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The Role of Speech Pathologists in Regards to Determining Feeding Tube Placement

The Role of Speech Pathologists in Regards to Determining Feeding Tube Placement

melissa n., SLP

 As a Speech Pathologist working in the long term care setting, dysphagia and the effects that it has on a patient and his or her overall health status are a daily battle. In 1999, 46.9% of Speech-Language Pathologists reported that they regularly serve individuals with dysphagia on their caseload. The percentage exceeded 91% for professionals working in hospitals and residential health care settings (ASHA, 2000). The recommendation for “NPO with alternate means of nutrition” is not one that is easily determined, and the decision making that follows for the patient and his or her family is difficult, to say the least. It is essential that Speech Pathologists are well-versed on the advantages and disadvantages related to the placement of feeding tubes and the effects that non-oral nutrition may have on the patient and his or her family psychosocially. The risk of aspiration with oral intake, the quantity of oral intake a patient is exhibiting, and the quality of life for the patient in regards to eating and drinking are factors to consider when determining whether or not a feeding tube placement is appropriate for an individual.

Studies have shown that the risk of aspiration is not alleviated by feeding tube placement. While we sleep, the relaxation of the G.I. musculature places us at risk for aspiration of reflux. When no dysphagia is present, one is able to protect the airway, even during sleep. A patient with dysphagia is unable to protect the airway adequately at times, and therefore, is still at risk for aspiration even when a feeding tube is utilized. Patients and families need to be aware that placement of a feeding tube does not eliminate the risk of aspiration, it reduces it. 

Many referrals in the long term care setting are the result of weight loss and decline in quantity of oral intake. Even when dysphagia (“difficulty in swallowing or inability to swallow”) is not the cause, counseling the patient, caregivers and family regarding feeding tube benefits and risks, diet modifications, and nutrition and hydration facts is still a key role for the Speech Pathologist. Although a patient may have swallowing skills which are intact, a Speech Pathologist may be involved in order to educate caregivers and family about strategies to encourage oral intake and about feeding tube risks and advantages. Elderly folks frequently experience loss of appetite or interest in eating accompanied by significant weight loss which may result in illness and/or lack of energy and strength that younger people usually have. Pain or discomfort with eating (caused by dysphagia, indigestion or ill-fitting dentures), as well as “forgetting to eat” or “forgetting HOW to eat” are cognitive deficits which can be addressed through compensatory strategies or environmental modifications. Diminished appetite may indicate pain, worsening heart failure, depression, dementia or the beginnings of pneumonia, and these possibilities should be investigated by interdisciplinary team members. (senoirlinkonline.com) A reduction in oral intake due to physiological or psychological factors may indicate a consideration for feeding tube placement to ensure adequate nutrition and hydration.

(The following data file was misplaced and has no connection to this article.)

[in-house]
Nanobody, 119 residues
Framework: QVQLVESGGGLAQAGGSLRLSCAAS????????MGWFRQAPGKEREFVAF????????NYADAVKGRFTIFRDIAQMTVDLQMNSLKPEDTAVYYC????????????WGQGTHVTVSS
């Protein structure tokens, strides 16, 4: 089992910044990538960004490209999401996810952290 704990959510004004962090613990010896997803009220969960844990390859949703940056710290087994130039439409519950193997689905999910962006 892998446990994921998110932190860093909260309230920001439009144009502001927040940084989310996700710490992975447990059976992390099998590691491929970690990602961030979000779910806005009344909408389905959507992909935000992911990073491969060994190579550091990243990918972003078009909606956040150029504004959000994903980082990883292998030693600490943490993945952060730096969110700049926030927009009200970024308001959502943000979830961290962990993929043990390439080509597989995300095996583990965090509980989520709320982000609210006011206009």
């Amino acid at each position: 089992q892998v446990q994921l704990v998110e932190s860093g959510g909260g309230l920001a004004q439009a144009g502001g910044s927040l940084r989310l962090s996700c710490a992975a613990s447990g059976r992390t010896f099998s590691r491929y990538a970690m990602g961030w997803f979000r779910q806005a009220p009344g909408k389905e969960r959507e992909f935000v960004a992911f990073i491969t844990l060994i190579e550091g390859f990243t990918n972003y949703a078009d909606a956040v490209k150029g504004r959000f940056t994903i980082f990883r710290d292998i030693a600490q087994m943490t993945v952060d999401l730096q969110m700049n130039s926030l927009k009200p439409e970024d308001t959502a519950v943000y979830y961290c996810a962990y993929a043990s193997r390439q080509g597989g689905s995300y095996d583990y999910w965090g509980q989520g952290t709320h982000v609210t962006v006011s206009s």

“Nothing would be more tiresome than eating and drinking if God had not made them a pleasure as well as a necessity.” (Voltaire) How true!!! For the dysphagic patient, the patient with a poor appetite, or one who, due to a cognitive deficit either forgets to eat, forgets how to eat, or thinks that he or she has already eaten at times, oral intake is a chore. Measures must be taken with this clientele to ensure that meals are as appealing as possible and that the patient is encouraged to eat meals, without making the patient feel forced. On the other end of the spectrum is the patient for whom oral intake is a risk or for whom diet modifications are indicated, and the desire for foods and/or liquids which have been shown to be a risk for aspiration is present. For many patients, food is a source of pleasure, and quality of life and personal choice needs to be considered. Many family members and friends show affection through bringing the patient his or her favorite foods (“food is love”) and the decision as to whether or not a feeding tube should be placed is more complex than just a matter of nutrition and hydration. Quality of life is a key factor in determining whether or not a patient is a candidate for feeding tube placement.

Regardless of the reason, when feeding tube placement is indicated, Speech Pathologists can assist patients, family members, and interdisciplinary team members in decision making by providing information, resources, and emotional support. There are many perspectives from which to consider whether feeding tube placement is the best option for a patient who has feeding or swallowing issues. In the end, it is, as always, what is ultimately best for the patient as an individual, all factors considered, that needs to be determined. 

http://huntingtondisease.tripod.com/feedingtubes/id3.html

http://www.chcr.brown.edu/dying/CONSUMERFEEDINGTUBE.HTM

http://www.caregiver.org/caregiver/jsp/print_friendly.jsp?nodeid=399
http://perspectivesonmedicine.blogspot.com/2009/03/alzheimers-dysphagia-and-peg-tubes.html

http://www.the-hospitalist.org/details/article/239085/To_Tube_or_Not_to_Tube.html

http://www.seniorlinkonline.com/Top_Elder_Risks/Top_Elder_Risk/Eldercare_health_risks_-_eldercare_planning_indicators/

http://decisionaid.ohri.ca/docs/Tube_Feeding_DA/worksheet.pdf

 

Tell me what you eat, I’ll tell you who you are. ~Anthelme Brillat-Savarin